Past Projects

2011-2015 System level recovery processes for substance misusers in Lancashire: Developing an Evidence Base for Recovery Oriented Drug and Alcohol Treatment Services (Economic and Social Research Council and Technology Strategy Board. £220,000)

2012-4 Cultural Attendance and Public Mental Health, (PI, with Alastair Roy Co-I, £18,500 Manchester MBC)

2012-2013 New Media and Street Drinking (PI, with Alastair Roy £34,000 AHRC)

2011-2013 Imove/Cultural Olympiad programme evaluation (PI, with Alastair Roy (Co-I) (lead field researcher), Sue Hacking (Co-I) and Julian Manley (Co-I) £45,000 Arts Council England, Legacy Trust UK)

2013 Surviving in Manchester: Narratives on Movement from the Men’s Room ( Co-I with Alastair Roy (PI) Lankelly Chase Foundation

2013 Views of recovery Oriented Practice among Staff at INSPIRE North Lancashire, (with Alastair Roy (PI) £9900 CRI)

2013 Pilot for Mondragon Cooperative Culture Study (£2000 funded visit with Julian Manley, Otalora Training Institute)

2012 Creating Cultural Citizenship. (UCLan co-ordinator £15,000 Connected Communities consortium development grant AHRC)

2012 Literature Review: Community Arts Evaluations (Co-I with Alastair Roy (PI) and Julian Manley (Co-I), 4000€ Arts Council Ireland, Trinity College Dublin, Create Ireland)

2011 It’s a Goal, Football and Mental Health Evaluation, (with Helen Spandler (PI) and Alastair Roy Co-I, 25,000 North West Health Development

2011 Evaluation of Healthy Spaces Programme (Co-I with Alastair Roy (PI) and Julian Manley, £6000 Arts Council England)

2010 – 2011 Socially Engaged Arts: methodologies for the study of practice (PI with Alastair Roy (Co-I), £45,000 Gulbenkian Foundation)

2009-2011 New Model Arts Institutions and Public Engagement. (PI, with Alastair Roy (Co-I and R. Little (Co-I) £65,537 Arts Council England and Northern Rock Foundation)

2009-2011 Who Cares? Museums, Health and Well-being. Research in the Outreach programme of North West Renaissance in the Regions consortium (PI, with A. Farrier (Co-I) £57,000 Museums and Libraries Association and Manchester MBC)

2010 Help Direct: evaluation of health and wellbeing initiative in Lancashire (with Alastair Roy (PI), Lancashire County Council £16,000)

2010, Involving Service Users in Probation, (with Alastair Roy (PI), £7500, Lancashire and Rutland Probation)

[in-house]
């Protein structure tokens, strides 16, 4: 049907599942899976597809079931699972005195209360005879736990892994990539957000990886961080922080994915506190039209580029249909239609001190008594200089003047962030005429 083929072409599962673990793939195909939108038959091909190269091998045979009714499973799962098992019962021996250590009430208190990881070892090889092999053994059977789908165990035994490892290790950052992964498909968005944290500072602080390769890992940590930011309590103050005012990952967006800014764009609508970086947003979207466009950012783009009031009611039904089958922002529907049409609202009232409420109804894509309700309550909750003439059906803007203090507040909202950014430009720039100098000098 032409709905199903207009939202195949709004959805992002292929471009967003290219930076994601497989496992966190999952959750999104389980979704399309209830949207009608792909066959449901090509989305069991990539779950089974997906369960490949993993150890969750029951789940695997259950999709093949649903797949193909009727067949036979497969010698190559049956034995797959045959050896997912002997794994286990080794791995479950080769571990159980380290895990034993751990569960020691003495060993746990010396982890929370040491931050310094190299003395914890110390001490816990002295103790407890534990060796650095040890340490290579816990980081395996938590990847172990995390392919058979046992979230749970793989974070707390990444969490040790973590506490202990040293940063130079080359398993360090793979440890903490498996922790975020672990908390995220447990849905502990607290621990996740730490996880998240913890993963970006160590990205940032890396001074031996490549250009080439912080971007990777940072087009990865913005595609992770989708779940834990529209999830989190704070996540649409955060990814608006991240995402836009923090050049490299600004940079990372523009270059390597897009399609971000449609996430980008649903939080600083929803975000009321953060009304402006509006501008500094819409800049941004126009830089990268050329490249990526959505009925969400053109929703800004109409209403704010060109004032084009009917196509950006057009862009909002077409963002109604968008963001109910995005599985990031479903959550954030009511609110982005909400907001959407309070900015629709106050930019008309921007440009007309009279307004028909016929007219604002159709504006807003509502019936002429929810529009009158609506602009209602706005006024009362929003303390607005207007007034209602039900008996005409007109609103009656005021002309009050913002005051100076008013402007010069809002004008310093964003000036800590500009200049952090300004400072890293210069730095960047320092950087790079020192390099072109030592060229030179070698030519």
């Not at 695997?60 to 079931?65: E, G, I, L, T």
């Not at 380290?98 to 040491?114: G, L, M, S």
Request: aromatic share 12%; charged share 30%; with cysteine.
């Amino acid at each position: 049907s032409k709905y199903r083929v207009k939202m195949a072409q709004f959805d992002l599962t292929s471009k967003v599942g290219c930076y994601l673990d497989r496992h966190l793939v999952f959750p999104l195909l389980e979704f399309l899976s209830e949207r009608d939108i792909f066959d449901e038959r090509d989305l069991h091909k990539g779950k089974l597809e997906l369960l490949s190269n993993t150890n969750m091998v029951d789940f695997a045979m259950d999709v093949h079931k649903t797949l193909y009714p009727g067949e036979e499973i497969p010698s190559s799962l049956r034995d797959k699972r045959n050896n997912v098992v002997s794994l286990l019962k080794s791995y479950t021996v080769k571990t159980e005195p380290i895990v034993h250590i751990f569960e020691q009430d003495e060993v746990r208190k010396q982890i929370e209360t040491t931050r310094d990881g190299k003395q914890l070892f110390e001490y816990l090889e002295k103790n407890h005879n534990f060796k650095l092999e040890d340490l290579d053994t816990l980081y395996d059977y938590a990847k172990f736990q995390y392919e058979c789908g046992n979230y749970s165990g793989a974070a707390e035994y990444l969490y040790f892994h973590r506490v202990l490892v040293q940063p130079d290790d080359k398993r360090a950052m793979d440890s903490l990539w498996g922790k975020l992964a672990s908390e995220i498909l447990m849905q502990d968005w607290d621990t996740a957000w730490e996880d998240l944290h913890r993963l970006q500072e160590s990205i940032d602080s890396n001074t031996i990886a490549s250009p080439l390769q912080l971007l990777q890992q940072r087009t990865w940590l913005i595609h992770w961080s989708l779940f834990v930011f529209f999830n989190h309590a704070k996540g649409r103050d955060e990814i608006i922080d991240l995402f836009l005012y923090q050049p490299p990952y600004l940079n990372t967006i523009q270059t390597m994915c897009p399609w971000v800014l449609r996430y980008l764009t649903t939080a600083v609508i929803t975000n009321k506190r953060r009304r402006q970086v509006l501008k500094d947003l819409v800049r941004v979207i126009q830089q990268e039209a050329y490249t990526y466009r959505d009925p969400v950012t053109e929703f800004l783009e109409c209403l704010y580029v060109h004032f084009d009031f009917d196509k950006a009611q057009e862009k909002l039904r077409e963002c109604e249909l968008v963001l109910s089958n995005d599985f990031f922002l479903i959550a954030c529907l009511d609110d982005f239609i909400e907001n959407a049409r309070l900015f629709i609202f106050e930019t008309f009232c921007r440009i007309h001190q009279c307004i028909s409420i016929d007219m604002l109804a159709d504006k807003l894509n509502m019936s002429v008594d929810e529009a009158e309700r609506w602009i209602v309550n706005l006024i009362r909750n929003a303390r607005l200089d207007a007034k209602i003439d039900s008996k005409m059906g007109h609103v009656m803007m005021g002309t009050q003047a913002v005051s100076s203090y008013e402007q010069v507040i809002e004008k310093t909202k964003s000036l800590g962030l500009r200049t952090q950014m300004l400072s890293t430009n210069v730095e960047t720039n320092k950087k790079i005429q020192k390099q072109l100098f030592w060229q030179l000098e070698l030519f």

2010 Exploring the Service Needs, Experiences and Assets of Newly Arrived Refugee and Asylum Seekers (with Alastair Roy (PI) £18,750 Trafford Council)

2009 Part of the Picture UK evidence base of substance use and misuse amongst Lesbian, Gay, Bisexual and Transgender Communities in England (with Alastair Roy, £9,254, Big Lottery

2009 Youth Vandalism and Related Crime in Lancashire (PI, £5000 Lancashire Constabulary)

2009 Well-being on Prescription, (collaboration with with Healthy Settings Unit, £10,000 Ashton, Leigh and Wigan PCT)

2009-2012 Target Wellbeing: Qualitative component of study led by North West Public Health Observatory, Liverpool John Moors, (collaboration with Healthy Settings Unit, £56,000 Big Lottery Fund)

2010 Psychosocial research into teaching practice. (PI, with A. Farrier (Co-I)£8754 UCLan Research Resource Enhancement Scheme)

2010 Youth knife crime in Lancashire: pilot for assessment of specific local factors. (PI, with R. Little (Co-I) £8000 Crime Solutions and Lancashire Constabulary)

2008 ASSET as a professional assessment tool (PI, £5000 Calderdale Youth Offending Team)

2009-2010 Dance and Mental Health: evaluation of a programme in a secure mental health facility. (PI, with R. Little (Co-I) £10,000 Royal Liverpool and Broadgreen University Hospitals NHS Trust)

2007-2010 Evaluation of University College Hospital Arts Programme. (PI, with R. Little (Co-I) £20,000 Arts Council England and UCLH Foundation Trust)

2007 Arts and Inclusion: storytelling and community cohesion. (PI, £6700 Heritage Lottery)

2007-8 Creative Interventions in Restorative Youth Justice: comparative evaluation of visual, digital performance and music based interventions. (PI, with A. Farrier (Co-I) and K. Poursandou (Co-I) £68,579 HEFCE and NWRDB pan-university KTP Regeneration: making a difference)

2007-8 Engaging Communities through the arts: innovative evaluation through user discourse. (PI and collaboration with Charles Quick, £80,000 HEFCE and with A. Farrier (Co-I) and K. Poursandou (Co-I), NWRDB pan-University KTP (Regeneration: making a difference)

2008 Dissemination lead for Crime Strand of HEFCE and NWRDB pan-University KTP (PI, with A. Farrier (Co-I) and K. Poursandou (Co-I), £7000 Regeneration: making a difference)

2006 Evaluation of story-telling and creative writing workshop with young people at risk of offending. (PI, with R. Little (Co-I) £6000 Calderdale YOT)

2005-6 Research and Evaluation of Creative Writing Project in Restorative Youth Justice with Young Offenders, (PI, with A. Farrier (Co-I) and K. Poursandou (Co-I)£12,000 Crime Solutions)

2006 Biographical Narrative Case Studies with young offenders subject to arts based interventions: pilot for longitudinal study (PI, £10,000 NWRDB Crime solutions £2000 Calderdale YOT)

2005-8 Parenting support for under-fives in arts-based community setting. Evaluation of Children’s Centre. (PI, with S, Buckner (Co-I) and K. Poursanidou (Co-I) £6000 HEFCE research capability funding)

2007-2009 ESRC Seminar Funded Seminar Series on Practitioner Research and Practice Near Methods. (Collaboration with S. Briggs Tavistock Clinic/UEL £15,000 ESRC)

2002-2005 Bromley by Bow Research and Evaluation Project (PI, with Co-I’s: P. Chamberlayne, S. Buckner and T. Wengraf £200,000 Dunhill Medical Trust)